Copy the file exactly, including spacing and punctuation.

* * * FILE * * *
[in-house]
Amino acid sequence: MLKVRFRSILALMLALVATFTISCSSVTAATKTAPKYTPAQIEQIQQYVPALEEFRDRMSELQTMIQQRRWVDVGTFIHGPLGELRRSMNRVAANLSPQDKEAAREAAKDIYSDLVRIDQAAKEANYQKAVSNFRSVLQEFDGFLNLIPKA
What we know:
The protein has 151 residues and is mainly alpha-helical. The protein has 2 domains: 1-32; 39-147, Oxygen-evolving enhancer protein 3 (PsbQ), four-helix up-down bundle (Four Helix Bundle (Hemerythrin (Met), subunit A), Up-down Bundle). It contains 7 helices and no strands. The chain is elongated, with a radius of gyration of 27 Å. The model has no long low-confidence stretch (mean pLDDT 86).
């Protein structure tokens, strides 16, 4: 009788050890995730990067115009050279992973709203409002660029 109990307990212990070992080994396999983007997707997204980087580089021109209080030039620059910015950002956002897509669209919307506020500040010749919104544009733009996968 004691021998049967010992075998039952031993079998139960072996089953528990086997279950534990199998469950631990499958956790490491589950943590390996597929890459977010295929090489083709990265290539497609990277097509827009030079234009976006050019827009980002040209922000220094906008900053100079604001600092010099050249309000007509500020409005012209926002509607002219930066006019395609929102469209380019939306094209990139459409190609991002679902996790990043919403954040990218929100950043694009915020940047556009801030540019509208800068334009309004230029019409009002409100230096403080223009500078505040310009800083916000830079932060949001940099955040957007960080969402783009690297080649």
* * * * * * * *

[in-house]
Amino acid sequence: MLKVRFRSILALMLALVATFTISCSSVTAATKTAPKYTPAQIEQIQQYVPALEEFRDRMSELQTMIQQRRWVDVGTFIHGPLGELRRSMNRVAANLSPQDKEAAREAAKDIYSDLVRIDQAAKEANYQKAVSNFRSVLQEFDGFLNLIPKA
What we know:
The protein has 151 residues and is mainly alpha-helical. The protein has 2 domains: 1-32; 39-147, Oxygen-evolving enhancer protein 3 (PsbQ), four-helix up-down bundle (Four Helix Bundle (Hemerythrin (Met), subunit A), Up-down Bundle). It contains 7 helices and no strands. The chain is elongated, with a radius of gyration of 27 Å. The model has no long low-confidence stretch (mean pLDDT 86).
């Protein structure tokens, strides 16, 4: 009788050890995730990067115009050279992973709203409002660029 109990307990212990070992080994396999983007997707997204980087580089021109209080030039620059910015950002956002897509669209919307506020500040010749919104544009733009996968 004691021998049967010992075998039952031993079998139960072996089953528990086997279950534990199998469950631990499958956790490491589950943590390996597929890459977010295929090489083709990265290539497609990277097509827009030079234009976006050019827009980002040209922000220094906008900053100079604001600092010099050249309000007509500020409005012209926002509607002219930066006019395609929102469209380019939306094209990139459409190609991002679902996790990043919403954040990218929100950043694009915020940047556009801030540019509208800068334009309004230029019409009002409100230096403080223009500078505040310009800083916000830079932060949001940099955040957007960080969402783009690297080649």